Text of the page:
While some individuals know what they want to do at a young age, others enter college as explorers, eager to investigate diverse paths, subjects, and possibilities. Cailin Casey ’20 is the latter, often interested in so many different things that it can feel stifling to choose just one. Fortunately, Gettysburg College’s liberal arts curriculum allowed her to explore multiple interests, discover a love of research and the sciences, and ultimately gain admission to a PhD program in mechanical and industrial engineering that led to a competitive Graduate Research Fellowship from the National Science Foundation.
“The greatest strength of my Gettysburg education was the flexibility to pursue multiple pathways,” said Casey who majored in Spanish and biology with a minor in mathematics. “I gained so many skills by not focusing on just one subject. For example, my writing is a lot stronger for taking biology courses where I'd write scientific or lab reports and also Spanish classes where I’d write critically about literature. Today, I’m able to write for both a scientific and a broader audience, and I know how to translate and communicate complex things in different ways, which will serve me well in my career.”
While Casey entered Gettysburg with a preexisting interest in Spanish, she stumbled upon her love of biology and research when she signed up for an “Introduction to Biology” class with Prof. Ryan Kerney in her freshman year. “I immediately liked it a lot. Everything we learned about DNA proteins and the interactions happening inside of cells was so interesting. I wanted to know more!” she said. “I learned that I’m a person who really likes understanding the nitty gritty of how stuff works, and also understanding things at the micro-level all the way up to the bigger picture systems.”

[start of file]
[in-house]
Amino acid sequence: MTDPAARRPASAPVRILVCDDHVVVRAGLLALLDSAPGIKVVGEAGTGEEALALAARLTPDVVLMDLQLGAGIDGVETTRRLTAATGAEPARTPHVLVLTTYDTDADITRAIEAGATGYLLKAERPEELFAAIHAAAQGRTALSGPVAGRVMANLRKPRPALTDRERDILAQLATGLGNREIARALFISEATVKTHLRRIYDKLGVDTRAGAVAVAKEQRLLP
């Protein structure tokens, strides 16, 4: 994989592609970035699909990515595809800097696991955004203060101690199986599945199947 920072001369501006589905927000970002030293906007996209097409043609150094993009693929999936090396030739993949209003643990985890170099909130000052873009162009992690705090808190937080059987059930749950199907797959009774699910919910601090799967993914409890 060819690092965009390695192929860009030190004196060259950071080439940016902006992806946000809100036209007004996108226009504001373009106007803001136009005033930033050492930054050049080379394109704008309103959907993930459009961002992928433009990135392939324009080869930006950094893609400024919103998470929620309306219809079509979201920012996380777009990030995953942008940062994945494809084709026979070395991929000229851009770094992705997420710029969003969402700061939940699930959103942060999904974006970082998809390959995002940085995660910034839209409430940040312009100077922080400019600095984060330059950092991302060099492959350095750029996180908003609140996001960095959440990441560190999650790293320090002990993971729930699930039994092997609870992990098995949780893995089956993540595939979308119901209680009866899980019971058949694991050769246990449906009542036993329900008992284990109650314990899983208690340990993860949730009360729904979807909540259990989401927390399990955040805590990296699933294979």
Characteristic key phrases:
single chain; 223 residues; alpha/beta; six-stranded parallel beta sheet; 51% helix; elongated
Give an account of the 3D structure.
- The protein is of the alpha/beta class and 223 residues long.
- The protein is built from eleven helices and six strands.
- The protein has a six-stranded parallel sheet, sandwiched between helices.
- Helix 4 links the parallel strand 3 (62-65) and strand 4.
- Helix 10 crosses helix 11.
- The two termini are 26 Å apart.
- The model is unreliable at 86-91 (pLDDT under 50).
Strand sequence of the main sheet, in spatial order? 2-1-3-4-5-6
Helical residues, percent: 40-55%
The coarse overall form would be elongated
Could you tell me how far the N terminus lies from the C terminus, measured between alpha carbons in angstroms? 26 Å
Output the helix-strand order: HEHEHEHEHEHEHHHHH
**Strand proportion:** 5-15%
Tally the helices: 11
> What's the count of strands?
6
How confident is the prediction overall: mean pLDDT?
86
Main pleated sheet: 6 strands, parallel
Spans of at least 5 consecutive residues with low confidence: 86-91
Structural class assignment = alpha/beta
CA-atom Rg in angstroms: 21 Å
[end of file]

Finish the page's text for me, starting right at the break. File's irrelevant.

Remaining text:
Today, as a doctoral student in Montana State University’s Norm Asbjornson College of Engineering, Casey knows a lot about the micro details of what makes airborne insects such masterful flyers. Her current research focuses specifically on how the thorax (the midsection of insects’ bodies) powers efficient flight in aerial insects and what implications that might have for the future development of technology like flapping micro air vehicles. This may seem like a very specific research topic—and it is—but Casey’s approach to the work is uniquely multi-disciplinary, positioning her as a highly valued member of her research team.
“I have biological knowledge and experience that my professors and my lab mates don't, so I can look at the same problem from a different perspective,” she explained. “I wear two different scientific hats: I do physical experimentation, looking closely at the biology of insects, while I also do computer modeling and statistics. I’m grateful I get to do modeling and physical experimentation because that multi-disciplinary approach captures my curiosity and holds my attention.”